• To ease your mind, call or text your family members directly to make sure they’re not in trouble

4. Romance scams

More and more seniors are turning online to meet new people, and for those looking to start over following a divorce or the death of a spouse, the internet may represent a less intimidating way to get started.

Unfortunately, romance scams are on the rise — in 2022, according to the Canadian Anti-Fraud Centre, the romance scam was the number two most reported scam in Canada. And scammers target seniors, especially those recently divorced or widowed, due to their vulnerabilities and access to cash.

Using dating, gaming and social media websites, they pose as real people looking to connect. After striking up a relationship and establishing trust — and often after months of texting, emailing or talking — scammers will request money.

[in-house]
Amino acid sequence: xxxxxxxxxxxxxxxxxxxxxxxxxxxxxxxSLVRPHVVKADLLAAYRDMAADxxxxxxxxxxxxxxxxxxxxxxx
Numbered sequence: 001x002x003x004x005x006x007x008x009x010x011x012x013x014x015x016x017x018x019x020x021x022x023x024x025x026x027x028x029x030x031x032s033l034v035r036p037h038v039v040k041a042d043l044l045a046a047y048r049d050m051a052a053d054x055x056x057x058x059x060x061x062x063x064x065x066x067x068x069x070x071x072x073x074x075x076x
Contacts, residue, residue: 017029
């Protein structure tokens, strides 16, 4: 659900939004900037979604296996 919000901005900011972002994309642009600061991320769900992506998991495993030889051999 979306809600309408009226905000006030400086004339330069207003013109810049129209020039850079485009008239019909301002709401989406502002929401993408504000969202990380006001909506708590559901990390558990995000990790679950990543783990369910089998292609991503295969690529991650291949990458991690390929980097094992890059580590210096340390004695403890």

“Our article 5 Ways to Spot a Romance Scam has more red flags to watch out for and how to protect yourself.”

5. Fake computer warnings

Scammers know that many Canadians don’t know everything there is to know about their computers — so if a warning message about a virus pops up on the screen, they know most people will want to take action to fix it. However, more often than not, these warnings are fake. For seniors with limited computer literacy, it can be especially easy to get tricked.

Fake virus warnings may appear on your screen as pop-ups (or even worse, voices or alarms), alerting you to a fake threat and encouraging you to act immediately — either by downloading a product or calling a tech support number to fix it.

If you call the number, you’ll reach a scammer who intends to collect your credit card information so they can remove the virus. They may even pressure you into sharing your screen so they can access all the data on your computer.